Your Hero’s Journey: Telling Stories that Matter
By Liza Long
I teach a popular online course at the College of Western Idaho called “Survey of World Mythology.” Every semester, my students start the course thinking that they are going to learn about Zeus, Hera, and maybe Thor—and in all fairness, Thor is why I initially wanted to teach the course.
About three weeks in, we get to the part where I introduce Jesus as just one of many examples from world religions of the “dying god” archetype, and there’s the delicious sound of young minds being blown. “What? We’re reading Christian scriptures as myths?” Well, yes.
Stories, wherever they come from, have power. Stories can shape our cultures—and our individual stories can shape our values and our sense of meaning in a world that might otherwise feel like pure chaos.
A possibly spurious quote attributed to British novelist John Gardner famously asserts that there are only two basic stories in the entire world: the hero’s journey, and a stranger walks into town. Today, we’re going to talk about the first kind of story.
In my world mythology class, I spend an entire unit on the hero’s journey. This universal archetype, a story that exists across all world cultures, was described by anthropologist Joseph Campbell in his seminal 1949 work, The Hero with a Thousand Faces. The book heavily influenced George Lucas—so I guess we have Campbell to thank for Star Wars (well, at least the good movies, the ones that you all know as four, five, and six).
What is it about the hero’s journey that makes it such a powerful story for pretty much every human being?
Joseph Campbell outlines 17 stages of his monomyth—but we’ll be here all day if we try to get through all of them, and I know some of you have a life outside of class. So I’d like to focus on just three elements of the hero’s journey and consider how these elements apply to the stories we are telling about ourselves in the world, right now:
- Answering the Call
- The Belly of the Whale
- Ultimate Boon/Freedom to Live
Let’s Start with Answering the Call.
Here you are, minding your own business. Maybe you’re working a desk job. Maybe you are surrounded by small children who are continually asking you “why?” and demanding peanut butter and honey sandwiches. Maybe you’re a modern day Jonah, preaching to people who comfortably agree with you, your Facebook friends, your book club group, your liberal or conservative friends.
Suddenly, everything changes. The telephone rings. An email hits your inbox. You see a social media message from a long-lost high school friend.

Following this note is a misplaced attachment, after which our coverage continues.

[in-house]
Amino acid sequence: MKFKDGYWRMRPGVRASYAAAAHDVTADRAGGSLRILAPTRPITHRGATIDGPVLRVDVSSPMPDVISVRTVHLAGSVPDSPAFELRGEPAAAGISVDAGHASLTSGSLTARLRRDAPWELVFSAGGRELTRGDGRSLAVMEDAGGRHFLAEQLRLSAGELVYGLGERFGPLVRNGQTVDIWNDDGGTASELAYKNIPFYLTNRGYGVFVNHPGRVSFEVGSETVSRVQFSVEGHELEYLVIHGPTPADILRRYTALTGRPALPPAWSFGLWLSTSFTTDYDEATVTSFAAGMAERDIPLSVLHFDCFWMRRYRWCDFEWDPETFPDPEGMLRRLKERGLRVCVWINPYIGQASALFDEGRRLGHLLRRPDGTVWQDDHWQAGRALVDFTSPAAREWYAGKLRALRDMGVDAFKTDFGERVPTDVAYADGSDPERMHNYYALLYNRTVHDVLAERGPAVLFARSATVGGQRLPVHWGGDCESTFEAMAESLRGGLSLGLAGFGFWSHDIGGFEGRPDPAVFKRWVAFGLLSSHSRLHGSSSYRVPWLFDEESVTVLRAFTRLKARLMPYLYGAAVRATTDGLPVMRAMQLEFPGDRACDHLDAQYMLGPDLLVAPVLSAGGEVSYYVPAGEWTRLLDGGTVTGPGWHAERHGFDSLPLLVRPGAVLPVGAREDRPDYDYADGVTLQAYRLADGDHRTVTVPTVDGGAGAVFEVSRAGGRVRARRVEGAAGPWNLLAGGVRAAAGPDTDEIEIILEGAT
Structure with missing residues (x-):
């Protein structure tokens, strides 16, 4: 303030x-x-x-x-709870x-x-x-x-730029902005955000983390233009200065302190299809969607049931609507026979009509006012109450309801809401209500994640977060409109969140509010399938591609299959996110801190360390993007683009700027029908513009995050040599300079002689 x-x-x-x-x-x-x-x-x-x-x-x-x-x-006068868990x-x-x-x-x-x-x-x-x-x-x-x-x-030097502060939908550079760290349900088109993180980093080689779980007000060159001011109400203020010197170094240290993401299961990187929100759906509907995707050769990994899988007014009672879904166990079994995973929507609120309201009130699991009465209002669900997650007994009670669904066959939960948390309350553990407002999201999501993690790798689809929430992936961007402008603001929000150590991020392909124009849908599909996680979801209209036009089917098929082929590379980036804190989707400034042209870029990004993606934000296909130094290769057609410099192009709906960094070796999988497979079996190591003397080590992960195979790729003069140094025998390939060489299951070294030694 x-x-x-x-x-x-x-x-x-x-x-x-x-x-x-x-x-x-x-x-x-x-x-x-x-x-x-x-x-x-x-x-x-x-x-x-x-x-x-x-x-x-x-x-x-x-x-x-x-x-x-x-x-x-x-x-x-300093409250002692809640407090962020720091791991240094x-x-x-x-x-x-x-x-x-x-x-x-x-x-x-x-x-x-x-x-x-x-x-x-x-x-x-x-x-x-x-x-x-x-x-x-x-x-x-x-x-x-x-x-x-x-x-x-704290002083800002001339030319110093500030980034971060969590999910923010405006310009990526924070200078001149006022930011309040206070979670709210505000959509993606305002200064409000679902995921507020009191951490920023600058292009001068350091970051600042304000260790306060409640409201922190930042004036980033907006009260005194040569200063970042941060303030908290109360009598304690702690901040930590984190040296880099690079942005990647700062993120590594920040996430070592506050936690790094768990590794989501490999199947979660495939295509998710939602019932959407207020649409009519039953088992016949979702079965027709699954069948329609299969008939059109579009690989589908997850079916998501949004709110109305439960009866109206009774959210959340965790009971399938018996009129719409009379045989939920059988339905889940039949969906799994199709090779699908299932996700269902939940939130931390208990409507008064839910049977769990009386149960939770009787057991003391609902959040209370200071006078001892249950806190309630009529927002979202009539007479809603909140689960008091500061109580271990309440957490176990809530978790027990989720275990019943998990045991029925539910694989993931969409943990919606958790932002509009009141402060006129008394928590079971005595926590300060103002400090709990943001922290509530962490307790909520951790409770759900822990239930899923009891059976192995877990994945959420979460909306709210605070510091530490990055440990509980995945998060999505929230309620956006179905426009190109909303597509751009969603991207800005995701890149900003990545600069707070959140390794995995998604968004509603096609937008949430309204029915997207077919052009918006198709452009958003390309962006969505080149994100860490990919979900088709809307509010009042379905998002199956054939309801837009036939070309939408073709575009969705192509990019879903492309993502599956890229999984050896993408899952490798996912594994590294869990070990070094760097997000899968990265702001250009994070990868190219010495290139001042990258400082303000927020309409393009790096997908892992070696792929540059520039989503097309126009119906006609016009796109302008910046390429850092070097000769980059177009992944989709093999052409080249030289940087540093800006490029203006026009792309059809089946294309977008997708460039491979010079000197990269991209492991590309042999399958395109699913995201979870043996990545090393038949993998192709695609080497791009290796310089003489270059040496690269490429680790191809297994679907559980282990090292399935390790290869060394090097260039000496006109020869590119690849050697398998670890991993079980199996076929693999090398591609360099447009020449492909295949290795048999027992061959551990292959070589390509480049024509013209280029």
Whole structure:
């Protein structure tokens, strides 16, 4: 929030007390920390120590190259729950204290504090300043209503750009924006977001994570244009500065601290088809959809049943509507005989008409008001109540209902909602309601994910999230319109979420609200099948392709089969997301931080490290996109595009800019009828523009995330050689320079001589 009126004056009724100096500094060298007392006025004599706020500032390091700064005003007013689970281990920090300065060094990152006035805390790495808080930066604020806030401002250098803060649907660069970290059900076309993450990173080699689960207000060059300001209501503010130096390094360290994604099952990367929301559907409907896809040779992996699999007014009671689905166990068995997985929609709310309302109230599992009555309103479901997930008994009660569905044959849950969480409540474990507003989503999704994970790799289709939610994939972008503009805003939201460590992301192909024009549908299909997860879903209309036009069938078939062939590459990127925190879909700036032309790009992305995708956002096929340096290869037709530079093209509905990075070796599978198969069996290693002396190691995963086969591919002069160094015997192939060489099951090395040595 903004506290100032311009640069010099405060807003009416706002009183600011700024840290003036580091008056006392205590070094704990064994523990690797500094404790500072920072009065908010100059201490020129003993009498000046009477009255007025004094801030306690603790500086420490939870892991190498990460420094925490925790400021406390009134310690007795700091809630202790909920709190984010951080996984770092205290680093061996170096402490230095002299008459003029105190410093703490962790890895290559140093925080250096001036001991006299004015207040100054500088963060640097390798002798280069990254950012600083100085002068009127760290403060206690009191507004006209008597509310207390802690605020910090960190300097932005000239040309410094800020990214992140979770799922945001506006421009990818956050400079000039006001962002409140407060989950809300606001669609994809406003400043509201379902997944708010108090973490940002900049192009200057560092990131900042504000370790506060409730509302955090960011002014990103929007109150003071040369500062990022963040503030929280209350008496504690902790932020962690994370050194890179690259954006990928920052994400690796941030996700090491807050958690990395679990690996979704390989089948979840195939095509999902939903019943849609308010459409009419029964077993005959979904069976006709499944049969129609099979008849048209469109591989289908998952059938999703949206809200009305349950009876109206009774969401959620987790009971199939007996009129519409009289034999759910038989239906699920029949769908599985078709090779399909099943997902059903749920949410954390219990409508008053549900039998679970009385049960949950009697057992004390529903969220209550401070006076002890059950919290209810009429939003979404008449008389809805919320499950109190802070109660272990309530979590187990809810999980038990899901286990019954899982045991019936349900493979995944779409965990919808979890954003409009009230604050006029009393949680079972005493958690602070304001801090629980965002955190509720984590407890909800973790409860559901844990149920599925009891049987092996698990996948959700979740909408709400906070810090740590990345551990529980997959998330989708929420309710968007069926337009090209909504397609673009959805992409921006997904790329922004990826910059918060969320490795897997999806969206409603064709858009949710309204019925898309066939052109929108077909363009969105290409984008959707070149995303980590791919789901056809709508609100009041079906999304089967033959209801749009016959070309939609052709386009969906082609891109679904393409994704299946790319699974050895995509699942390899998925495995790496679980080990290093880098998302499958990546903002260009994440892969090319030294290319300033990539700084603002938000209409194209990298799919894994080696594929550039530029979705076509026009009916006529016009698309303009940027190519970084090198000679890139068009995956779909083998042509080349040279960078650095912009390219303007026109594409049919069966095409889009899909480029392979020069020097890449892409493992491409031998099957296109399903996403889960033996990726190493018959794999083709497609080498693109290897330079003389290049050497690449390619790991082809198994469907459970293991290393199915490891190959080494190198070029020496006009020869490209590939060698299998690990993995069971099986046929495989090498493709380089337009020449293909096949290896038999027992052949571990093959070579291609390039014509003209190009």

Campbell says that the call to adventure is:
to a forest, a kingdom underground, beneath the waves, or above the sky, a secret island, lofty mountaintop, or profound dream state; but it is always a place of strangely fluid and polymorphous beings, unimaginable torments, super human deeds, and impossible delight. The hero can go forth of his own volition to accomplish the adventure, as did Theseus when he arrived in his father’s city, Athens, and heard the horrible history of the Minotaur; or he may be carried or sent abroad by some benign or malignant agent as was Odysseus, driven about the Mediterranean by the winds of the angered god, Poseidon. The adventure may begin as a mere blunder… or still again, one may be only casually strolling when some passing phenomenon catches the wandering eye and lures one away from the frequented paths of man.”
When did the call come to you? How did you answer?
If you’re like me, the call has come many times, and I’ve answered in different ways. Sometimes I’ve been like Jonah—Run away! Sometimes I’ve proudly crossed the thresholds and stormed the barricades. But my most important calls have been the last kind Campbell describes—the calling by accident. When an anonymous blog I wrote about parenting a child who had a then undiagnosed mental illness, titled “I Am Adam Lanza’s Mother,” went suddenly viral in 2012, I wanted to run away. But I answered the call. I put my name on the story and told our family’s truth about just how hard it is to raise a child who has mental illness, without a village to support us.
Think for a moment about an accident in your life that in hindsight, changed everything. What truths do you need to tell?
Next, let’s look at the Belly of the Whale.
This idea comes straight from the Judeo-Christian tradition and the story of Jonah and the whale. I think it’s important to remember that, like Jonah, whether or not we accept the call, we can and probably will still end up in the fish’s belly at some point in our lives.